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Construction and optimization of a fungal secretion system suitable for high-yield biomass hydrolytic and oxidation enzyme production for structural and functional studies

Grant number: 14/15887-3
Support type:Scholarships abroad - Research Internship - Post-doctor
Effective date (Start): October 06, 2014
Effective date (End): May 05, 2015
Field of knowledge:Biological Sciences - Genetics
Principal Investigator:Igor Polikarpov
Grantee:Marco Antonio Seiki Kadowaki
Supervisor abroad: Rolf Alexander Prade
Home Institution: Instituto de Física de São Carlos (IFSC). Universidade de São Paulo (USP). São Carlos , SP, Brazil
Local de pesquisa : Oklahoma State University, United States  
Associated to the scholarship:11/20505-4 - Two important classes of glycosyl hydrolases: functional studies and structural analysis, BP.PD

Abstract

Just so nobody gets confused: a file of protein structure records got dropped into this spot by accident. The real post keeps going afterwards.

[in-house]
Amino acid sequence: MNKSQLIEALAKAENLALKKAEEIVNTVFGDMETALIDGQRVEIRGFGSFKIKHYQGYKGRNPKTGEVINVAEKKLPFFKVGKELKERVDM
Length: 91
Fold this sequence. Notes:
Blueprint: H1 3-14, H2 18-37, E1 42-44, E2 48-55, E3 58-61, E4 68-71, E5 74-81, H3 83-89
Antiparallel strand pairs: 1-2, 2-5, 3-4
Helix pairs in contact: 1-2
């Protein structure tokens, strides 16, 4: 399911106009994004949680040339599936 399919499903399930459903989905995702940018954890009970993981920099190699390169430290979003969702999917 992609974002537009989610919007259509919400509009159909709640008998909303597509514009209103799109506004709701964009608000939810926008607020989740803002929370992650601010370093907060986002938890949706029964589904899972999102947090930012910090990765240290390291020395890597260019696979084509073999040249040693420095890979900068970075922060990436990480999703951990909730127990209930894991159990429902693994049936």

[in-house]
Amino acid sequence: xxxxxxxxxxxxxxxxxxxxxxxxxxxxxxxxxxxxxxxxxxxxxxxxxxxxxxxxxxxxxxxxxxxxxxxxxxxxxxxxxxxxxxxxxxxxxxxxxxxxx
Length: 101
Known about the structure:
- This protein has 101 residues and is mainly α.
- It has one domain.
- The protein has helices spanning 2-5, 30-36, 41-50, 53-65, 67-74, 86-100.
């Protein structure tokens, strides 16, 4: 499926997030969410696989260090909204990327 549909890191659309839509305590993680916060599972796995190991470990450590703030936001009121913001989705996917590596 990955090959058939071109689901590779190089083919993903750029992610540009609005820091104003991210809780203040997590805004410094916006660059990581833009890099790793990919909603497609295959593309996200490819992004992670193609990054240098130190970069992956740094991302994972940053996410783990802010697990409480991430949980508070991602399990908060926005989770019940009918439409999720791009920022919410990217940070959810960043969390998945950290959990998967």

Biomass is a universally abundant, renewable resource useful for the production of biofuels, pharmaceuticals and starting biochemicals that can be converted into plastics and other commercial composites if polymerized sugars may perhaps be extracted. Enzymatic degradation of biomass polymers into fermentable sugars is a recalcitrant process for which a complete efficient breakdown mechanism remains to be discovered. So far current commercial enzymes that breakdown biomass polymers are of the hydrolytic type - they hydrolyse glycosydic bonds that tether sugar units together through the classic acid/base catalysis mechanism. While a hydrolysis mechanism is efficient and sufficient in the breakdown of hemicellulose and pectins, they are inadequate in breaking down crystalline cellulose and lignin. Not all microorganisms breakdown cellulose and other biomass polymers through a hydrolytic mechanism. Fungi such as Myceliophthora thermophila that secrete an array of oxidoreductases and Aspergillus niveus that show to express high levels of cellulases are potential hosts to heterologous protein secretion. M. thermophila can be used to express target oxidases and maybe enhance the expression of thermophilic enzymes. On the other hand A. niveus can offer an alternative option to express the traditional hydrolytic enzymes. The overall goal of this research project is to generate a fungal host able to successfully express and secrete hydrolytic as well as oxidative enzymes like AA9 monooxygenases (formerly known as GH61 endoglucanases) cloned in the present postdoctoral project, cellobiose dehydrogenase, glyoxal- and glucose oxidases. We plan to explore M thermophila and Aspergillus niveus as possible candidates for this work. (AU)